Remembering the Stage Deli, and the cultural power of a stuffed pastrami sandwich.
For the price of a sandwich, you got a little piece — call it a shtickel — of fame.
How else to explain the exceedingly long run of the Stage Deli, the iconic New York eatery that closed at the end of last month after overstuffing its sandwiches, and its customers, for three-quarters of a century? That the storied Stage finally closed up shop is perhaps less remarkable than the fact that it survived for so long, far outlasting the cultural milieu from which it so sparklingly sprang.
For even more than Lindy’s, Reuben’s, the Gaiety, or even its longtime rival, the Carnegie, the Stage was an extension of Broadway. From its perch on Seventh Avenue at 54th Street, the Stage, epitomized glitz and glamour. From its high-powered clientele, to the caricatures of stars on its menus and pictures of luminaries on its walls, to its skyscraper sandwiches, the Stage promised a kind of surrogate or vicarious stardom to all who entered. Customers soaked up this celebrity aura like slabs of brisket absorbing buckets of brine along the way to becoming corned beef or pastrami. Little wonder that the Stage’s unofficial slogan was “where celebrities go to look at people.”
For a people for whom deprivation, starvation and marginalization had sliced deep furrows in their collective unconscious, a pile of succulent pickled or smoked meat served with great fanfare between two spongy slices of rye represented satiety and affluence; it symbolized nothing less than the American Dream. Even more than it was for the stars, the Stage was an exalted platform for its customers, who were predominantly middle-class Jews out for an evening at the theater, to exhibit their own pride and pleasure at having made it in America. In trumpeting their own success, they made the Stage into what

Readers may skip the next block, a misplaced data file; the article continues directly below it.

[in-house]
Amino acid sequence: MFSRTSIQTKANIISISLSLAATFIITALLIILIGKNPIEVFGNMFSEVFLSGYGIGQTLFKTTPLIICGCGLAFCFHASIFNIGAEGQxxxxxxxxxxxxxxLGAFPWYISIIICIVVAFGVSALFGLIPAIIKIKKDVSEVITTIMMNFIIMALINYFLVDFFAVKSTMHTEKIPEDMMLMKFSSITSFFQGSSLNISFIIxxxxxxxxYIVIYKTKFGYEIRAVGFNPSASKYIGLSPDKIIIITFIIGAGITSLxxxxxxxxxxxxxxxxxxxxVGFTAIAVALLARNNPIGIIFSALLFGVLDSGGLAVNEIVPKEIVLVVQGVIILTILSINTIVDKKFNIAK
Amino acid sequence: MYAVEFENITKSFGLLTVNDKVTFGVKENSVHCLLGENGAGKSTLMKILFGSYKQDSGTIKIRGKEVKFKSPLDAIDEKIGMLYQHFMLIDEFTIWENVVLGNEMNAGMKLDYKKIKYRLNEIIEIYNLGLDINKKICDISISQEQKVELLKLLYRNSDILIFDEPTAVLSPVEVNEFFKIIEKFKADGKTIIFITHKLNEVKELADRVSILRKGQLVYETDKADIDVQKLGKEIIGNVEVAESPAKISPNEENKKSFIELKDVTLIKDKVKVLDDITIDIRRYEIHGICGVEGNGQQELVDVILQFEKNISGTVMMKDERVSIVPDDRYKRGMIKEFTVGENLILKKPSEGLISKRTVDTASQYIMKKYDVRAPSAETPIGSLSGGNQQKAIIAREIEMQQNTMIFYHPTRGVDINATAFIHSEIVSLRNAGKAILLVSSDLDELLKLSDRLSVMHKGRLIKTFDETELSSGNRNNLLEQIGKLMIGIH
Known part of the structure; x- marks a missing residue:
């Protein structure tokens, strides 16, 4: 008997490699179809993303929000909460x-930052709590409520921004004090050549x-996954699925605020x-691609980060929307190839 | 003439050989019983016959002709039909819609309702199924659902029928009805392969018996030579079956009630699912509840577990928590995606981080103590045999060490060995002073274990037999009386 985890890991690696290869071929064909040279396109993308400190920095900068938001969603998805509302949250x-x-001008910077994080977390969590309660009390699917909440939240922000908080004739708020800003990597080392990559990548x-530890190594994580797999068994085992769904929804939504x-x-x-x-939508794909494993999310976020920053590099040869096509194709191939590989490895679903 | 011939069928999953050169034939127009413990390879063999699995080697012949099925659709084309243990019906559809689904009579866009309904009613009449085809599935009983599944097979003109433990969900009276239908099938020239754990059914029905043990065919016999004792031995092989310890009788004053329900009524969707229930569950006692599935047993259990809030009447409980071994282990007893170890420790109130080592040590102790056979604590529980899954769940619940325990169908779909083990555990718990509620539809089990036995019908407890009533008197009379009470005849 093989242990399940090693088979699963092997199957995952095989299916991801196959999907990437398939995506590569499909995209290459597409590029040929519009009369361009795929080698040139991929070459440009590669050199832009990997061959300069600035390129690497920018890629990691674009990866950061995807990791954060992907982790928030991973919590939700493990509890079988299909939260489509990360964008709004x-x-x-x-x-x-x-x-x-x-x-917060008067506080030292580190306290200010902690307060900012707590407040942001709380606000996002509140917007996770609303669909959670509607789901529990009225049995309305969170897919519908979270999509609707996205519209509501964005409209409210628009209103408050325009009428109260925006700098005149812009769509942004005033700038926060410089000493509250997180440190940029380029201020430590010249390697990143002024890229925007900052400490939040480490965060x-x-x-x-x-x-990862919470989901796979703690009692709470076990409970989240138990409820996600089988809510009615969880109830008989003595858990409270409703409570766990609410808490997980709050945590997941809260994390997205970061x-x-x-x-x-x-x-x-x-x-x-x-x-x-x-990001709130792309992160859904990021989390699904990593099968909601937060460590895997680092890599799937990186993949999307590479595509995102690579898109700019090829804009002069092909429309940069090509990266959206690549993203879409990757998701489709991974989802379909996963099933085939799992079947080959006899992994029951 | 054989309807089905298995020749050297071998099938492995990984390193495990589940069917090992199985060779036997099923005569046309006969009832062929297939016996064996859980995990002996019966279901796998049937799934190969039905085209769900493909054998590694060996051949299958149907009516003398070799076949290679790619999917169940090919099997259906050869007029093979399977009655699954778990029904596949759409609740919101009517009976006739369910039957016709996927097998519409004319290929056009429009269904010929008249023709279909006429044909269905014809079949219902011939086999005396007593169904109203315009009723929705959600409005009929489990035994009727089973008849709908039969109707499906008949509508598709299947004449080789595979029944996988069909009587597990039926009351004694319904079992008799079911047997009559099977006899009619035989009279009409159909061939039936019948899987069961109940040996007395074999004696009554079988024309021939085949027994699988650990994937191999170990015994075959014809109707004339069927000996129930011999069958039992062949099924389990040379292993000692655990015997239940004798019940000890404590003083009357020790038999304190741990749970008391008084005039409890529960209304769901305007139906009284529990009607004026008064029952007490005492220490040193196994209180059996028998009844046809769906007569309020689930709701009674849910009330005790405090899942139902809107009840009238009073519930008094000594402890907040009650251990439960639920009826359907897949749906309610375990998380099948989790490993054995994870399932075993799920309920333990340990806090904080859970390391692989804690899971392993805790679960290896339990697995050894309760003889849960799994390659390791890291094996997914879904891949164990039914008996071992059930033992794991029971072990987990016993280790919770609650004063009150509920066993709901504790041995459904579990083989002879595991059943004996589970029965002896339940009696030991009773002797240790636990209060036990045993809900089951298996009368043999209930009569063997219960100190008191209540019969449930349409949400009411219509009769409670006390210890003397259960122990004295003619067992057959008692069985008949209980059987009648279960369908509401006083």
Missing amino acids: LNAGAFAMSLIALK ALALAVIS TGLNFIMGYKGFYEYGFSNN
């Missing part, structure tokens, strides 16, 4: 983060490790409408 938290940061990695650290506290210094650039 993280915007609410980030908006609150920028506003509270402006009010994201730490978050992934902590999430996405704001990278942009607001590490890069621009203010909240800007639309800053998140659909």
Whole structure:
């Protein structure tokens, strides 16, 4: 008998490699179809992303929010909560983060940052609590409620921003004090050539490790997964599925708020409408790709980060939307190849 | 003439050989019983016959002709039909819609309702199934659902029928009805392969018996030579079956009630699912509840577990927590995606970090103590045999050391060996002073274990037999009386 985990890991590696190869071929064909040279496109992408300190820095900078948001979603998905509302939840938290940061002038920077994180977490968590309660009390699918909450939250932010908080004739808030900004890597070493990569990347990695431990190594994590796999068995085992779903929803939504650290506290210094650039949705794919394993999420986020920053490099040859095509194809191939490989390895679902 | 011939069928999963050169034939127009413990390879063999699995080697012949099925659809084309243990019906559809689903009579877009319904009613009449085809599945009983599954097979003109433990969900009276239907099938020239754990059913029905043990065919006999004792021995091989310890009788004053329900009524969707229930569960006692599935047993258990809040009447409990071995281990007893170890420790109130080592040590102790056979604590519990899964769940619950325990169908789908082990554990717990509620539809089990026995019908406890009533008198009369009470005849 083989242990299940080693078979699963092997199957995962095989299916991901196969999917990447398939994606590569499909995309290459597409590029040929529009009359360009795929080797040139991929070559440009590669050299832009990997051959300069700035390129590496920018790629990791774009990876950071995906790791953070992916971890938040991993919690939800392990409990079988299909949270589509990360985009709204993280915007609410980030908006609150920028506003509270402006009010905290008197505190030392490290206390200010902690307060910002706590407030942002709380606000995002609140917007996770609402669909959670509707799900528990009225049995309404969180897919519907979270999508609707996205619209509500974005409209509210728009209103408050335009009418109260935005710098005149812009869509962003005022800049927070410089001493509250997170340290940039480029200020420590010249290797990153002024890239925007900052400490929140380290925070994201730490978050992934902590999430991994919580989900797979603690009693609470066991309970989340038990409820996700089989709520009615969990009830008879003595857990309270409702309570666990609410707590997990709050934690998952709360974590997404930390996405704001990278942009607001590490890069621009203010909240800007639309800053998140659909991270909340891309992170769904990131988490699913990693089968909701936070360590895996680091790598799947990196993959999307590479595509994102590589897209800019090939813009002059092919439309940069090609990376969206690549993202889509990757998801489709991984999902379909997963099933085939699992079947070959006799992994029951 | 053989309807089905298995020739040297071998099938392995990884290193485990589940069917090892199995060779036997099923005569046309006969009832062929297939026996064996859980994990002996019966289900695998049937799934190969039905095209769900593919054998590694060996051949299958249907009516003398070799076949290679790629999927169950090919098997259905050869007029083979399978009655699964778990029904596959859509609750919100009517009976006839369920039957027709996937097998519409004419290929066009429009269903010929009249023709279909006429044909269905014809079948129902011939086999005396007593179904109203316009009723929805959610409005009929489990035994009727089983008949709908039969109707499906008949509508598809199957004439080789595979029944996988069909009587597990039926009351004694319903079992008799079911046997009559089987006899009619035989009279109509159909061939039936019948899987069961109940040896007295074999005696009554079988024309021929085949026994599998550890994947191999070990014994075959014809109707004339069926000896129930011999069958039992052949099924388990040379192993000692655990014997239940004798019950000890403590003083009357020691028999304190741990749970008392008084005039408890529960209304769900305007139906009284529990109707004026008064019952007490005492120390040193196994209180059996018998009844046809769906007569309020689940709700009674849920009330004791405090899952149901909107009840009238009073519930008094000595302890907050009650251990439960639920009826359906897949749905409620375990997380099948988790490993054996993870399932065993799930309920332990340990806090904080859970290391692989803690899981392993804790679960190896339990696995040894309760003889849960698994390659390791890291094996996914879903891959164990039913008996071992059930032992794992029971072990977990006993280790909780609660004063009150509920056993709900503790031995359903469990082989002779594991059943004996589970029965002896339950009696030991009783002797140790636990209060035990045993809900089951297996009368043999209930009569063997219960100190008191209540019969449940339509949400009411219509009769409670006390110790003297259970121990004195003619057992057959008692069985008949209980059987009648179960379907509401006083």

David Sax, author of “Save the Deli,” told me was the “biggest, loudest, grandest, brashest Jewish deli of them all.”
In its shopworn splendor, the rumpled grande dame of the kosher-style eateries carried on the lasting legacy of its founder, a short, portly Jewish immigrant named Max Asnas, whose voice sounded a bit like Louis Armstrong’s overlaid with a thick Yiddish accent. Asnas, who had immigrated to the United States from Russia (with a stop in Cuba), opened the Stage in 1937 after having been a part owner in the Gaiety. Asnas waddled around his delicatessen greeting high-class customers like Mickey Mantle, Sid Caesar, Phil Silvers and Elmer Rice, many of whose caricatures adorned the cover of the Stage’s menu.
Indeed, Asnas seemed to have missed his calling to be on the stage himself. Realizing that the success of the restaurant depended in no small part on his own notoriety, Asnas cultivated the image of a wise guy who knew the answer to everything, was generous to a fault, and who always had the perfect riposte to his perpetually kvetching Jewish customers. Sports writer Murray Robinson noted in 1951 that Asnas “moves serenely through a maze of comical woes which would unhorse a lesser spirit. Max has troubles with customers, partners, comedians, mustard pots, waiters, chefs, panhandlers, countermen, horse players and grammar. He beats them all down without drawing a deep breath.”